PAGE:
In a recent article Cancer Research UK, underlines the utility of e-cigarettes in smoking cessation. Actually it is mentioned tha e-cigarettes should be recommended as another tool that smokers who want to quit smoking can use to succeed. Cancer Research UK is a cancer research and awareness charity in the United Kingdom, formed on 4 February 2002 by the merger of The Cancer Research Campaign and the Imperial Cancer Research Fund.
Today, there are many ways to combat smoking addiction, and behavioural support plus prescription medication through Stop Smoking Services remains the most effective way.
But every now and then a new technology emerges that’s capable of changing the landscape. And for smokers, the most recent of these developments has been the rapid rise of the e-cigarette.
Almost three million people are using e-cigarettes in Great Britain today, and many are doing so in an attempt to give up smoking. In fact, a recent study found that e-cigarettes could have helped an additional 18,000 smokers ditch the cigs for good in England in 2015.
There are several examples of smokers tried and finally succeeded to quit smoking with Stop Smoking Services and electronic cigarettes' help.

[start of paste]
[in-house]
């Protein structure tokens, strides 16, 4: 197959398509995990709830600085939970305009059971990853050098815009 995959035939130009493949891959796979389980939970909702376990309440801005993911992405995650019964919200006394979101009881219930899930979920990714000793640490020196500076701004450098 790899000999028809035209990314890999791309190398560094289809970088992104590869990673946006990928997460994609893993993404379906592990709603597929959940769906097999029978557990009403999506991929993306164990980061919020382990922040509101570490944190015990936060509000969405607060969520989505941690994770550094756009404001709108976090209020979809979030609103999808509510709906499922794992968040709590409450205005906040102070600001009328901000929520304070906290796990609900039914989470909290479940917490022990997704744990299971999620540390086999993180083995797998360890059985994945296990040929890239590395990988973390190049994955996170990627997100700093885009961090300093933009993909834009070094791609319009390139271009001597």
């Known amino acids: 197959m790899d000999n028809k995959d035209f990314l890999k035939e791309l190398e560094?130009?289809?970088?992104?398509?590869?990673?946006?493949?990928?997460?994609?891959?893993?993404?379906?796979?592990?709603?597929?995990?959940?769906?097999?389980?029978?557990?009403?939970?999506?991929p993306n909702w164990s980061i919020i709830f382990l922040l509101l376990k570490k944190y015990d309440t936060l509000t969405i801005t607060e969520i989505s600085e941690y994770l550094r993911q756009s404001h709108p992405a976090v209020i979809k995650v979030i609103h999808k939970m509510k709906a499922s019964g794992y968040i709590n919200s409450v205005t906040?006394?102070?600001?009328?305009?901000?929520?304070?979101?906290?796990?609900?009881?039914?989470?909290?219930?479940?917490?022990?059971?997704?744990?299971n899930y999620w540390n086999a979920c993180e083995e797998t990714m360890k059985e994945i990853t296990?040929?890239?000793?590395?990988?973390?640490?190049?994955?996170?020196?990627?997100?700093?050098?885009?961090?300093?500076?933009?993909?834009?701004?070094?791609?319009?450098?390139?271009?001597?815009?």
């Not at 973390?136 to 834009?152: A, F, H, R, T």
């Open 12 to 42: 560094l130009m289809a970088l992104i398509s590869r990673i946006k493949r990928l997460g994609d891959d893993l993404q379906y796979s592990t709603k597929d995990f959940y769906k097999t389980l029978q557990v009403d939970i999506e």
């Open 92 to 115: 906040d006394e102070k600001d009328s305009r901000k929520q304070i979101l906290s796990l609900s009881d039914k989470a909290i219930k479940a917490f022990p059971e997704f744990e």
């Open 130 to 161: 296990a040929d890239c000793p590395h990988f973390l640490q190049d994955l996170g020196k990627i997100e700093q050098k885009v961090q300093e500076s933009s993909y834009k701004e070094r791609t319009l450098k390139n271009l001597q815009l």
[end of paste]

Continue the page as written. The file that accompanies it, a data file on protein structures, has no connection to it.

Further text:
E-cigarettes work by producing a nicotine vapour that you breathe in much the same way as you would through a tobacco cigarette. But with e-cigarettes, the nicotine isn’t joined by the thousands of other chemicals that are contained in tobacco smoke, many of which cause cancer.
As nicotine is the substance that keeps people addicted to tobacco, an e-cigarette is able to satisfy the craving in a far safer way than smoking.
If you’re a smoker, the best thing you can do for your health is to stop using tobacco products, and the sooner you quit, the better for your health. It’s never too late to stop.
Stopping smoking can also be much kinder to your wallet. On switching to e-cigarettes, it is estimitated that you can save even £100 a month.
Stop Smoking Services are in place to do exactly what you might expect. As e-cigarettes have been shown to be 60 per cent more effective on their own than going cold turkey, it’s a no-brainer that some services have started to integrate them into their plans.
Dr Joanna Miler, who ran the service used by Erika, said that this decision was based on simply being able to offer another option for those looking to quit.
''The great thing about e-cigarettes is we can consider them another tool when we’re creating a tailored stopping plan for each individual person'', she says..
And continued: ''For people who’ve tried other options before and not succeeded they can be really appealing, or those who have a strong behavioural link with the action of smoking. To break the habit, we often recommend people start on a particular level of nicotine and then reduce it over timeYou can get e-cigarettes with zero nicotine in them, and sometimes these work to transition people away from tobacco too''.
But guidance from the National Centre for Smoking Cessation and Training (NCSCT) recommends support for people using an e-cigarette as part of a quit attempt.
The latest review of the evidence continues to suggest that e-cigarettes can help people to stop smoking.